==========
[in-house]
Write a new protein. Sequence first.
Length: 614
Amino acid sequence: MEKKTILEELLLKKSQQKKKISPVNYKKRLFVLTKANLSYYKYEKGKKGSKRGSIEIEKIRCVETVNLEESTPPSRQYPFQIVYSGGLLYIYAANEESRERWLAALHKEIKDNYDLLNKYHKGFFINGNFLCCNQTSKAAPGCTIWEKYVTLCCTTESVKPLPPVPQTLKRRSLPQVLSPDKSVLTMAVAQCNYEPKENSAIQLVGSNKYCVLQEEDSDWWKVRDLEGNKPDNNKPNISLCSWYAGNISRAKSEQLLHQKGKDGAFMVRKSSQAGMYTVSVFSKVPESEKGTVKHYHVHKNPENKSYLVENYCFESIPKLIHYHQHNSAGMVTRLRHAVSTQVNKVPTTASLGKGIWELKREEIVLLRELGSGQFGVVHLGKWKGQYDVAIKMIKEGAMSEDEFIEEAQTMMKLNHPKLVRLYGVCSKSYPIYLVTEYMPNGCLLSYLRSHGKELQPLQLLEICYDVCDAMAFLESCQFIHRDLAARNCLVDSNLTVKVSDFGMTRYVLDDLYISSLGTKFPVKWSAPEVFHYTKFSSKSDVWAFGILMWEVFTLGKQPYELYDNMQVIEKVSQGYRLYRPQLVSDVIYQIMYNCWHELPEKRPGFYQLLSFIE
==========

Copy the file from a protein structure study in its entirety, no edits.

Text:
[in-house]
Write a new protein. Sequence first.
Length: 614
Amino acid sequence: MEKKTILEELLLKKSQQKKKISPVNYKKRLFVLTKANLSYYKYEKGKKGSKRGSIEIEKIRCVETVNLEESTPPSRQYPFQIVYSGGLLYIYAANEESRERWLAALHKEIKDNYDLLNKYHKGFFINGNFLCCNQTSKAAPGCTIWEKYVTLCCTTESVKPLPPVPQTLKRRSLPQVLSPDKSVLTMAVAQCNYEPKENSAIQLVGSNKYCVLQEEDSDWWKVRDLEGNKPDNNKPNISLCSWYAGNISRAKSEQLLHQKGKDGAFMVRKSSQAGMYTVSVFSKVPESEKGTVKHYHVHKNPENKSYLVENYCFESIPKLIHYHQHNSAGMVTRLRHAVSTQVNKVPTTASLGKGIWELKREEIVLLRELGSGQFGVVHLGKWKGQYDVAIKMIKEGAMSEDEFIEEAQTMMKLNHPKLVRLYGVCSKSYPIYLVTEYMPNGCLLSYLRSHGKELQPLQLLEICYDVCDAMAFLESCQFIHRDLAARNCLVDSNLTVKVSDFGMTRYVLDDLYISSLGTKFPVKWSAPEVFHYTKFSSKSDVWAFGILMWEVFTLGKQPYELYDNMQVIEKVSQGYRLYRPQLVSDVIYQIMYNCWHELPEKRPGFYQLLSFIE